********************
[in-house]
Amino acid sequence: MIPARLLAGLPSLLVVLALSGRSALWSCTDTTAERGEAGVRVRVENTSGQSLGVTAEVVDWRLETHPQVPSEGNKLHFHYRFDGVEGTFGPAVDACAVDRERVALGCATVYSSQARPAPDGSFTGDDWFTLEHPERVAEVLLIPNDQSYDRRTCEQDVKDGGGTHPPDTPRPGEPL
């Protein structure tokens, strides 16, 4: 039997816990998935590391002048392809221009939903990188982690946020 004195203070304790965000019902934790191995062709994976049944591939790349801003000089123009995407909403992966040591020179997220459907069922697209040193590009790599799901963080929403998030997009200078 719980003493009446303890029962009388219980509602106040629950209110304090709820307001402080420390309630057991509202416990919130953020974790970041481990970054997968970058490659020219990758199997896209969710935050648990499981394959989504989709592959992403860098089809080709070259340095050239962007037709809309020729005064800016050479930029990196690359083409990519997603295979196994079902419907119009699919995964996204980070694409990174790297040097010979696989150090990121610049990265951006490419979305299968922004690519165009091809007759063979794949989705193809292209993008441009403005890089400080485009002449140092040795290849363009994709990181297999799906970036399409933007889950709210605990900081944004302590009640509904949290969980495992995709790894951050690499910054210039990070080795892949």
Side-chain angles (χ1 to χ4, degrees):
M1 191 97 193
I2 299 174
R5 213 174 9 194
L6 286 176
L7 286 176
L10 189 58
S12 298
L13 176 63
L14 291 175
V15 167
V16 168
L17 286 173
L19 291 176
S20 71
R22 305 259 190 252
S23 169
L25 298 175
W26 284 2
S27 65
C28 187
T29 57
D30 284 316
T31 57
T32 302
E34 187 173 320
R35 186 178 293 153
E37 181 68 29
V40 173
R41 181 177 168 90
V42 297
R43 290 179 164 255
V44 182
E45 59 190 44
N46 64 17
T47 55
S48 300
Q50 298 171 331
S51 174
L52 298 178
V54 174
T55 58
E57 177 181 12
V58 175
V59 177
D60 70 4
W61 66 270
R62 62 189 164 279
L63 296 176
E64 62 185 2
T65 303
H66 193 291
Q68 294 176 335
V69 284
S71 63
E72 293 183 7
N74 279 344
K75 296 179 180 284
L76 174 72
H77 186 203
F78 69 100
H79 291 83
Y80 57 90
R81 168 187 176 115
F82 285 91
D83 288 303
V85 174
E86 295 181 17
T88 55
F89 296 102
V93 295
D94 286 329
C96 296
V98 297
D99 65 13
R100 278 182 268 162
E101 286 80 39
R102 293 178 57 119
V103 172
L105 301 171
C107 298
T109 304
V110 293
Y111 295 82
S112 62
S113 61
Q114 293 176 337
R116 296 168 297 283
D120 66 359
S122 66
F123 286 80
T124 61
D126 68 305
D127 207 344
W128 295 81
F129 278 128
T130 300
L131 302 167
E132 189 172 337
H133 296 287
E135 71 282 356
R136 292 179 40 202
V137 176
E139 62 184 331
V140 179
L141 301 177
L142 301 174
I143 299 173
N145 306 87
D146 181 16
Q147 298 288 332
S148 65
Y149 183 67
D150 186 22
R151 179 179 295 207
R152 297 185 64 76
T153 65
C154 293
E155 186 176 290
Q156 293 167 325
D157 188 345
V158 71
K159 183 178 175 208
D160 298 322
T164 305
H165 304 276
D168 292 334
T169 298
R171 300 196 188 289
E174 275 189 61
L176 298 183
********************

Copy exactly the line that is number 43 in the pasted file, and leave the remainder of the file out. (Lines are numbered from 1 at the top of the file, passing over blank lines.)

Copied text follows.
L52 298 178